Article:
• Paying for Positive Product Reviews: Paying purchasers to write positive product reviews is deceptive regardless of any disclosure of the payment. Section 255.2, Example 9.
  • Review Gating Requirements: Review gating, practices that involve obtaining customer feedback and then sending satisfied and dissatisfied customers down different paths in order to encourage positive reviews and avoid negative reviews, may be considered an unfair or deceptive practice if it results in the posted reviews being substantially more positive than if the marketer had not engaged in the practice. Section 255.2, Example 11.

Section 255.4 Endorsements by Organizations

  • Review Sites: If a manufacturer sets up an apparently independent review website that reviews the manufacturer’s own products and competing products, the FTC considers the website deceptive because it is not independent. Also, if a manufacturer makes payments to the review site but not for higher rankings, there should be a clear and conspicuous disclosure regarding the payments. Section 255.4, Examples 2-3.

Section 255.5 – Disclosure of Material Connections

  • Disclosures of Endorsements by Famous Influencers: Section 255.5 was revised to state that when an endorser’s material connection need not be disclosed when it is understood or expected by all but an insignificant portion of the audience.
  • Content of Disclosures: A disclosure of a material connection does not require the complete details of the connection, but it must clearly communicate the nature of the connection so that consumers can evaluate its significance.

Section 255.6 – Endorsements Directed to Children

  • Child-directed Endorsements: This entirely new section addresses endorsements directed to children. Endorsements in advertisements addressed to children may be of special concern because of the character of the audience. Practices which would not ordinarily be questioned in advertisements addressed to adults might be questioned in such cases.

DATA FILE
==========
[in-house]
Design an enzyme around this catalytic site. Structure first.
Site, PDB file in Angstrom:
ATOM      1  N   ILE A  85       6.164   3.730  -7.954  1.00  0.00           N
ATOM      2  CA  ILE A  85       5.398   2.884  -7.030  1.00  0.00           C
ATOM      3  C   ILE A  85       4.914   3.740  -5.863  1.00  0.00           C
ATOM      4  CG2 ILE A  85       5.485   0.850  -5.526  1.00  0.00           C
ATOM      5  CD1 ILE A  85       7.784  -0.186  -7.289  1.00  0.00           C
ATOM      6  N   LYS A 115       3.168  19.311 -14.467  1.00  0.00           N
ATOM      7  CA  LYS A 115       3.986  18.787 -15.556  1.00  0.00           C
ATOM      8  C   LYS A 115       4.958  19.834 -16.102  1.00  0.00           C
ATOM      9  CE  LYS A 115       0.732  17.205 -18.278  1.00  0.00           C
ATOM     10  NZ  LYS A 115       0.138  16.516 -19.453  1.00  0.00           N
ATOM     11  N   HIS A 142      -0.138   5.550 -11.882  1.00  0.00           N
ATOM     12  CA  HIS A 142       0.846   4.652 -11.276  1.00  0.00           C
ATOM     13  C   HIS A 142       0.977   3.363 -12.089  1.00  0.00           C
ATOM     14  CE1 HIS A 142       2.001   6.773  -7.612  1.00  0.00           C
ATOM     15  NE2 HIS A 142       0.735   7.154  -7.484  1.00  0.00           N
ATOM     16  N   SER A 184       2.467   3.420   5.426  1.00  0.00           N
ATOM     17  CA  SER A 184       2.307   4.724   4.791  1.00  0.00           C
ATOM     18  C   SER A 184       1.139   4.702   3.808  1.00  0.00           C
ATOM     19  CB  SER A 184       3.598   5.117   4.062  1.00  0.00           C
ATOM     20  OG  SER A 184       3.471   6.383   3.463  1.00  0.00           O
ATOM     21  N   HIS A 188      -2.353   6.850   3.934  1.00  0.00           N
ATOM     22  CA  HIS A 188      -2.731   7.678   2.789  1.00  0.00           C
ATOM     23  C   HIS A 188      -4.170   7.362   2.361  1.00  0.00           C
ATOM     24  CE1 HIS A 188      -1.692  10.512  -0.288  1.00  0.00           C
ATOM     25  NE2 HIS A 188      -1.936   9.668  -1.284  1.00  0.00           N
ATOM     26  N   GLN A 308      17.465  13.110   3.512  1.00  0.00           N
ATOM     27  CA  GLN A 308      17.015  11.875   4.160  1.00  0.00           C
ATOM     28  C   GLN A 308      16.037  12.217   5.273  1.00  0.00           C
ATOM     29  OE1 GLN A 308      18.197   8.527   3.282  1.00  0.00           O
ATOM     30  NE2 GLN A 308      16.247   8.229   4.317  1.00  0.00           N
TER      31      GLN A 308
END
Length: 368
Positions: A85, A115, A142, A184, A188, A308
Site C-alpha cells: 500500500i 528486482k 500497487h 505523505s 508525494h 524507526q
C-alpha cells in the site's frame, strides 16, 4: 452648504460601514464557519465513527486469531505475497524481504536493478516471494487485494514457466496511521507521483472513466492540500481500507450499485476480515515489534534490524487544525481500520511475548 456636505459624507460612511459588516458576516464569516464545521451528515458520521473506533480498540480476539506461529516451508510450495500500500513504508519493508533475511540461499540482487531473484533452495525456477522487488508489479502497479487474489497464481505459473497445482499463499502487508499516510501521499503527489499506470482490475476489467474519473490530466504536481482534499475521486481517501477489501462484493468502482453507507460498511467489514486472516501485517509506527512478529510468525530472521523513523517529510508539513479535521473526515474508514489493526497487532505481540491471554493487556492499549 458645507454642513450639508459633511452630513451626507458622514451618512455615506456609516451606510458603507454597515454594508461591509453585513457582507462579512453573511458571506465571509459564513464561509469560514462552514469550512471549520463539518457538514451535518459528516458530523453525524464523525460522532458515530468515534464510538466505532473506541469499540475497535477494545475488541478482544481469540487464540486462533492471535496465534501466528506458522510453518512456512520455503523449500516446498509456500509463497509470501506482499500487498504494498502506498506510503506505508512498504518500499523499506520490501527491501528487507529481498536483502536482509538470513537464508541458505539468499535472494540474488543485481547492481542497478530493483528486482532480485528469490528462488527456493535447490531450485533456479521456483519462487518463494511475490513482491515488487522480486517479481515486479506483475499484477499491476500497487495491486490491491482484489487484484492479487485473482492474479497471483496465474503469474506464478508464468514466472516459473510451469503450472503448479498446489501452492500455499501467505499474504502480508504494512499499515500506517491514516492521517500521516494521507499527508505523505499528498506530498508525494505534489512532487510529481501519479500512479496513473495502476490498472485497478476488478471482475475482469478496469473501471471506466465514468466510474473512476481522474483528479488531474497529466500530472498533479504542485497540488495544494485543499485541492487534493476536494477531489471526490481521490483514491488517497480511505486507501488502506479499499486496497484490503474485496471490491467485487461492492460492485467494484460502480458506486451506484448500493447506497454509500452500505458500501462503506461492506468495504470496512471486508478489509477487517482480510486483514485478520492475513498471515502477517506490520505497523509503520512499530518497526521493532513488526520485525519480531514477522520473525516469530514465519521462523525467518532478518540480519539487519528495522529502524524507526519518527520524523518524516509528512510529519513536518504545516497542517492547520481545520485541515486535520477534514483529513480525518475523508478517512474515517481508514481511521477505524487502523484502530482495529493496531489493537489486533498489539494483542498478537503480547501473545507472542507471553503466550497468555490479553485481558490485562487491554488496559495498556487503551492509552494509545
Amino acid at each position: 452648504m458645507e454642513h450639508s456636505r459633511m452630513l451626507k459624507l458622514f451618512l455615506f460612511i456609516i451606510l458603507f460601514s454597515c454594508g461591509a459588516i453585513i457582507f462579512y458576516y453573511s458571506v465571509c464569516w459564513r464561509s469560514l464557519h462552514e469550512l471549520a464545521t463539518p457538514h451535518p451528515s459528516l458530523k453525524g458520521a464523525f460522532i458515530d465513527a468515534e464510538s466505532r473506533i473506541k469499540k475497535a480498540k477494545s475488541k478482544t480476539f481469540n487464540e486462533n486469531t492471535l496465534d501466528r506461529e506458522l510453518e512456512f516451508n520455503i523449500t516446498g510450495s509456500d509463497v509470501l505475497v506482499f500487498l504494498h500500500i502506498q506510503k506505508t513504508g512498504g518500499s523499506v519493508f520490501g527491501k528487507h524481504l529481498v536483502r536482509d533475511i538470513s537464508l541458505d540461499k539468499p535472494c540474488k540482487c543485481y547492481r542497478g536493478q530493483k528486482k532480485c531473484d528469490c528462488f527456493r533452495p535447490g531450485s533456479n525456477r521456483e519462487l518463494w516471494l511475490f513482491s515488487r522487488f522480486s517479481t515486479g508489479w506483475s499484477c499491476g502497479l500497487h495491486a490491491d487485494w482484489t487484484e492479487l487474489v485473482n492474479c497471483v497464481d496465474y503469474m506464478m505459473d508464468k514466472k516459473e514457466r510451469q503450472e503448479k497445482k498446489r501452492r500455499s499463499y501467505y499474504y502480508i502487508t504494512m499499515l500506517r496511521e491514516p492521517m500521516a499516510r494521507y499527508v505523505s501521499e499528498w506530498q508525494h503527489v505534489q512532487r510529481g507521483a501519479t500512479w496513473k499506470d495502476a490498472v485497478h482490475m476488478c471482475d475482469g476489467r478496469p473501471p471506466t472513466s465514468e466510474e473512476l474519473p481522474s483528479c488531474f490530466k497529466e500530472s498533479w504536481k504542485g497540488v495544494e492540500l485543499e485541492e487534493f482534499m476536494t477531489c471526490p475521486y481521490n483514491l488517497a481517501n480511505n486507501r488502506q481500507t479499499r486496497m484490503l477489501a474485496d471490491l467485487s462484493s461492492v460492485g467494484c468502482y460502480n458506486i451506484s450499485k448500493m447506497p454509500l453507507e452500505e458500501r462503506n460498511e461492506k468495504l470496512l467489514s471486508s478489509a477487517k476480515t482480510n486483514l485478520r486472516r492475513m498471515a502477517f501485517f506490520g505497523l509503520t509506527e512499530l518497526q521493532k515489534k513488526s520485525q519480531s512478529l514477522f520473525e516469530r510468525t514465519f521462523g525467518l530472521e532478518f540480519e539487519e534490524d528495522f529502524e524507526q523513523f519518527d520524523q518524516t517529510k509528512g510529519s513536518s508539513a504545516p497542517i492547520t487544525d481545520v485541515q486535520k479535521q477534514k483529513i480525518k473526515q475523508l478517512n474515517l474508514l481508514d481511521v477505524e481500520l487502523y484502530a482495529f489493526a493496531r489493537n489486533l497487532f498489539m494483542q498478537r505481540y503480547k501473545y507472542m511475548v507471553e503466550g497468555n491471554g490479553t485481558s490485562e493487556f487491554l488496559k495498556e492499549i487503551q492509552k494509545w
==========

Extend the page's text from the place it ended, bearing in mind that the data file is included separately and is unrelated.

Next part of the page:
• The FTC plans on hosting a virtual event on “Protecting Kids from Stealth Advertising in Digital Media” on October 19, 2022.

While the Guides have not yet been adopted, they are part of the FTC’s ongoing focus on endorsements and testimonials. Earlier this year, the FTC issued a guidance document titled “Featuring Online Customer Reviews: A Guide for Platforms. This guide establishes basic principles for companies to follow when handling online consumer reviews such as companies should not discourage negative reviews, should not incentivize reviews generally, should maintain up-to-date processes for verifying reviews and identifying fake reviews, and should not edit or remove verified negative reviews. And, late last year, the FTC issued Notice of Penalty Offenses letters to more than 700 of the country’s largest companies. The letters, issued pursuant to FTC Act § 5(m)(1)(B), were an attempt at an alternative approach to civil penalties following the U.S. Supreme Court’s ruling in AMG Capital Management, LLC v. FTC. The letters specifically described endorsement and testimonial practices that the FTC has found to be deceptive.

Once the notice is published in the Federal Register, comments will be due within sixty days.

  • Parties may file a comment online (here) or by paper by mailing the comment to Federal Trade Commission, Office of the Secretary, 600 Pennsylvania Avenue, NW, Suite CC-5610 (Annex B), Washington, DC 20580. Comments may be hand delivered to Federal Trade Commission, Office of the Secretary, Constitution Center, 400 7th Street SW, 5th Floor, Suite 5610 (Annex B), Washington, DC 20024. Online submissions are preferable.
  • The main FTC contact for inquiries related to the proposed update is Michael Ostheimer. He can be reached at (202) 326-2699 or mostheimer@ftc.gov.
  • “Endorsement Guides, P204500” must be written on any comment. Additionally, the name and state of the commenter will be placed on the public record and must be included.
  • All submitted comments are part of the public record, so no sensitive or confidential information should be included.

Crowell & Moring can offer clients counseling on specific advertising practices discussed in the proposed updates or assist clients in drafting comments on the proposed edits to the Endorsement Guides.


For more information, please contact the professional(s) listed below, or your regular Crowell & Moring contact.

Roy Abernathy
Associate – Washington, D.C.
Phone: +1.202.654.6722
Email: rabernathy@crowell.com
Helen O. Ogunyanwo
Associate – Washington, D.C.
Phone: +1.202.624.2585
Email: hogunyanwo@crowell.com